According to recent data from UK-based mortgage provider Nationwide, house prices across the country rose by 11% in July, a further increase from the 10.7% in June, despite the ongoing cost of living increase fuelled by high energy and food costs.
The price increase now means that an average house in the UK now costs £271,209, an increase of £55,000 from February 2020. This is also the twelfth consecutive increase in terms of house prices, with price rises in the double digits for nine months.
However, these increases are compounded by low housing stocks, with the number of properties currently up for grabs at a 40-year-low. This is driven by property owner uncertainty and high inflation levels that could put off people looking to finance a move. Nationwide also reported that they saw a dip in the number of mortgage transactions during the last few months, again driven by the inflation rate that currently sits at 9.4%.
Many potential owners are finding themselves priced out of the market as lending costs increase along with the standard cost of living. Tightening purse strings has also led to people having less money available for deposits, which is a challenge as prices soar. The data collated and published by Nationwide showed that the average property price was around seven times the average income in the second quarter of 2022, the highest since records started in 1983.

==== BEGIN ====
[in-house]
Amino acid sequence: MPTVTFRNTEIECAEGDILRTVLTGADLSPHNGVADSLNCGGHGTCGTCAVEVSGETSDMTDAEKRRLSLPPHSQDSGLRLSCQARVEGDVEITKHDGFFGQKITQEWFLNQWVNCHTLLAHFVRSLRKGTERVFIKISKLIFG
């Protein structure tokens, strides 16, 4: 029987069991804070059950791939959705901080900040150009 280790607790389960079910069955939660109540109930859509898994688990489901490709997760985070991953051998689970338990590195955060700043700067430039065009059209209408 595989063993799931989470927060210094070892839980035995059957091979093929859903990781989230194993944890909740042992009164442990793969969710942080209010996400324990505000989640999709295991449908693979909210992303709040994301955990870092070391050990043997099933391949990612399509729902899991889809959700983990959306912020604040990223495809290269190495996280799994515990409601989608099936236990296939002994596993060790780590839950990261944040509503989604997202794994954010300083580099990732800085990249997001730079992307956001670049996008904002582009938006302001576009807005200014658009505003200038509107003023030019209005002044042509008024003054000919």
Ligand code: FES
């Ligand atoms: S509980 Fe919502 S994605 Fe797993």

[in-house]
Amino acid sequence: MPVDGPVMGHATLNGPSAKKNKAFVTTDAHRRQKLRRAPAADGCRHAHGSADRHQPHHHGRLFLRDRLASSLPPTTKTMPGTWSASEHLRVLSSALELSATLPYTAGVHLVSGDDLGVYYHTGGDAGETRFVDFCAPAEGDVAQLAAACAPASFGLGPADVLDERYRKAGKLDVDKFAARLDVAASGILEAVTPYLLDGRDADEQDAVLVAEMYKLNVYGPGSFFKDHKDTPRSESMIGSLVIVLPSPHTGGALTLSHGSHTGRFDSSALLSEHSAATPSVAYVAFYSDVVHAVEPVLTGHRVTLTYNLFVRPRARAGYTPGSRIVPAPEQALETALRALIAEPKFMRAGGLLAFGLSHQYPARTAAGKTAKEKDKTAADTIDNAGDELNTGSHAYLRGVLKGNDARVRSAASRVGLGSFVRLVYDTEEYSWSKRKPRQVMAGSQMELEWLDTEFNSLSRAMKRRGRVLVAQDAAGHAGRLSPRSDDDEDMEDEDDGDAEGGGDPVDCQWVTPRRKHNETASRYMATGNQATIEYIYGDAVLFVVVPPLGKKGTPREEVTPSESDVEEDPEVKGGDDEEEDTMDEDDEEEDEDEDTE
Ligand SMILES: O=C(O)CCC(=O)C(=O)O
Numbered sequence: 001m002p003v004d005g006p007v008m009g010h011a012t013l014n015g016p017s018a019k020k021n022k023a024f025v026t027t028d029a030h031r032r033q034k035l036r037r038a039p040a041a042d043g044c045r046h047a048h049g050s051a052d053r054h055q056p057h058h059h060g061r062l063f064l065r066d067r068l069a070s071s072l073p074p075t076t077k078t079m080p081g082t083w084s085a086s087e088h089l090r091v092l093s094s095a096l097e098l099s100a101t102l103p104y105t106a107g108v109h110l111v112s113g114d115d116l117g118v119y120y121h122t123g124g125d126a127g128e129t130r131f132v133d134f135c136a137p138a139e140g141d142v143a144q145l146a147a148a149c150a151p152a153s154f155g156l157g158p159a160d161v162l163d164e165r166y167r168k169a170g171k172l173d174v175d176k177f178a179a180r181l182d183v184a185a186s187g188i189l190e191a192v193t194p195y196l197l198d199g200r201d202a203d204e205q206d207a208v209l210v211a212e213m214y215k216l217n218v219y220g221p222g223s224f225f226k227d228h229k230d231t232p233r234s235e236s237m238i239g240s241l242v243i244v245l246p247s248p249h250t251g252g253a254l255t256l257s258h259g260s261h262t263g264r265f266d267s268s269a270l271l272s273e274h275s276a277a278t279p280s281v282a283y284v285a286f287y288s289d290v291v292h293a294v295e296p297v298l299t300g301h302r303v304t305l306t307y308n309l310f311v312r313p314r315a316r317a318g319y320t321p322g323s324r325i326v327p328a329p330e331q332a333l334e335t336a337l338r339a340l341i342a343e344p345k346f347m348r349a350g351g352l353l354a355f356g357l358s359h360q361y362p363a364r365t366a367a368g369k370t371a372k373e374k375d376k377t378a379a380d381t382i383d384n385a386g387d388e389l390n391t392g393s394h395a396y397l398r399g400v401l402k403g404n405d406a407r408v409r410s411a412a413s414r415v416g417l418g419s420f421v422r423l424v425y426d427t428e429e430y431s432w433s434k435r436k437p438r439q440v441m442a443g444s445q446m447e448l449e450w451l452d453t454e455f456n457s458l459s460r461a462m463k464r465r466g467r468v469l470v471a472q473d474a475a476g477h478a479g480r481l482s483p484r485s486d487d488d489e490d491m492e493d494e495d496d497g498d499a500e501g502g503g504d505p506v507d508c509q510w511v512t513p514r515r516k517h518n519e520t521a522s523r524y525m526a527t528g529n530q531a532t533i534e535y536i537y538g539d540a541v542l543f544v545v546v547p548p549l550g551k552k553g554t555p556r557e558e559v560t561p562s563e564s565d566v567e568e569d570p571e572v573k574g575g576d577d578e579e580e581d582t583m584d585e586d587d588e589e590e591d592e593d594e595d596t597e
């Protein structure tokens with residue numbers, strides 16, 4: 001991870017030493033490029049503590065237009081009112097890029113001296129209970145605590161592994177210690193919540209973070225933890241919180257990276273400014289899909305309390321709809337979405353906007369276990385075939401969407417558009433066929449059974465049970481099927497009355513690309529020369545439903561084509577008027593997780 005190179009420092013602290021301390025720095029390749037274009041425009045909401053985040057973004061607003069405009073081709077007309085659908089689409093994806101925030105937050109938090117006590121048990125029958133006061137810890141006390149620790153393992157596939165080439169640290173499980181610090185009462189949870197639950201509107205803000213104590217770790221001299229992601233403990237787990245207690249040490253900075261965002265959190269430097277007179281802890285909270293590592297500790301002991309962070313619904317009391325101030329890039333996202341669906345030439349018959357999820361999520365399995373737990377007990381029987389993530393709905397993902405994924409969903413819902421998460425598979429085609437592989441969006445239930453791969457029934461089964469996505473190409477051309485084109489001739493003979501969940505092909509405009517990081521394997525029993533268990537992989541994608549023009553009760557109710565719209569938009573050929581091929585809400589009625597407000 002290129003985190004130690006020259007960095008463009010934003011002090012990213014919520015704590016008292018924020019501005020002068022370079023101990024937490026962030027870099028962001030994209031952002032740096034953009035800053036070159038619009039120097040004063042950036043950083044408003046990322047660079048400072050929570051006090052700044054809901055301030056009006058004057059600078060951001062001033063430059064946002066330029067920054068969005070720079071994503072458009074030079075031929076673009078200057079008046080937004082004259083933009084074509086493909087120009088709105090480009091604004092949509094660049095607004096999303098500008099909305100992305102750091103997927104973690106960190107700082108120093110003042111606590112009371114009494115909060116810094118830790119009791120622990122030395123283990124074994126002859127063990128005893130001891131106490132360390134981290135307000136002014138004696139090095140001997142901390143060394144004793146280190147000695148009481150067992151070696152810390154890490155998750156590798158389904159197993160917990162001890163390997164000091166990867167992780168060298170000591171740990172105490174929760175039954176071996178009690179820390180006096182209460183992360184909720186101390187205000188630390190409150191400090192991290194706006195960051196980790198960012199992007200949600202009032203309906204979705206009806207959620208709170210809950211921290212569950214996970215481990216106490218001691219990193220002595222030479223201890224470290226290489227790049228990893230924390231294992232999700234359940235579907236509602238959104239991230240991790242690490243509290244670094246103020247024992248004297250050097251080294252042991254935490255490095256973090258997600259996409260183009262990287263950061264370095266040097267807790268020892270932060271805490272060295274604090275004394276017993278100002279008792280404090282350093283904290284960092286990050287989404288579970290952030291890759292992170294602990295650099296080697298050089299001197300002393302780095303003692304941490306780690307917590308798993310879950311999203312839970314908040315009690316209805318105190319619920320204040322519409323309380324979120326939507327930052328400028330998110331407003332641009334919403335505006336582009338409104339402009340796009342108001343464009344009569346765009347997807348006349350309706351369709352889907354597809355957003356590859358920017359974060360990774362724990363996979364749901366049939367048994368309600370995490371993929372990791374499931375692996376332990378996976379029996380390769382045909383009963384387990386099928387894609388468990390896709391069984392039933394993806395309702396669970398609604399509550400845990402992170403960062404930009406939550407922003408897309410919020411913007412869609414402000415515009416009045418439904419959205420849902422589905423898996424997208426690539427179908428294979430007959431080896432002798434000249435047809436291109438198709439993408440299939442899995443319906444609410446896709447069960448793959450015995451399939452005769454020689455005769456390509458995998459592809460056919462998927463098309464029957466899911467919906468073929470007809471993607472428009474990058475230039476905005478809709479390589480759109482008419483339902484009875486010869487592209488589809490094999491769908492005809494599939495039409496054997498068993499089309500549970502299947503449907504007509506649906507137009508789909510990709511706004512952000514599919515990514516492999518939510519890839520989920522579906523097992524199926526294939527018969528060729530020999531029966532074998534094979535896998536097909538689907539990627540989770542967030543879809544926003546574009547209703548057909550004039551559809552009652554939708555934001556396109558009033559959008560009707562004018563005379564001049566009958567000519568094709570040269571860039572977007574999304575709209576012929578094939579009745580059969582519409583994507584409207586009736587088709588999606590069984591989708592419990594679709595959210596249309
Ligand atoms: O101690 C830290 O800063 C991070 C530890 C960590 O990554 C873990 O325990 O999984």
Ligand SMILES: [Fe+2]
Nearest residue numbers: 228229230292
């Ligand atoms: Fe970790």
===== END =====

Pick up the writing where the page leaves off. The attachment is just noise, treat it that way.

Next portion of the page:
All in all, a continued decline in investment in property is expected to be observed in the UK over the following months and potentially even longer. This is due to the limitations placed on people, who may instead look at other options when it comes to short and medium-term investments.
Other Forms of Investment
During these times, there has been an increase in the number of people investing in the stock market. Recent data shows that around a third of Brits own shares, with a further two-thirds expressing interest in buying them in the future. However, it’s not just shares that are of interest. Forex, Crypto and CFD trading are all popular investment options now. For example, in the case of CFDs, investors can speculate on the short-term increase or decrease in the value of an asset without having to buy it. There are lots of options for this kind of trading online, with platforms providing trading of CFDs in various commodities, equities, currencies, indices, and more.
Of course, investing in property will always be necessary for investors. While the sector may be facing a lull, for now, this is likely to diminish in the future. Investing in real estate will always be an essential part of any portfolio. But we will also see the diversification of investments as people become more financially literate and savvy, seek other means of distributing, and looking to capitalise on their wealth.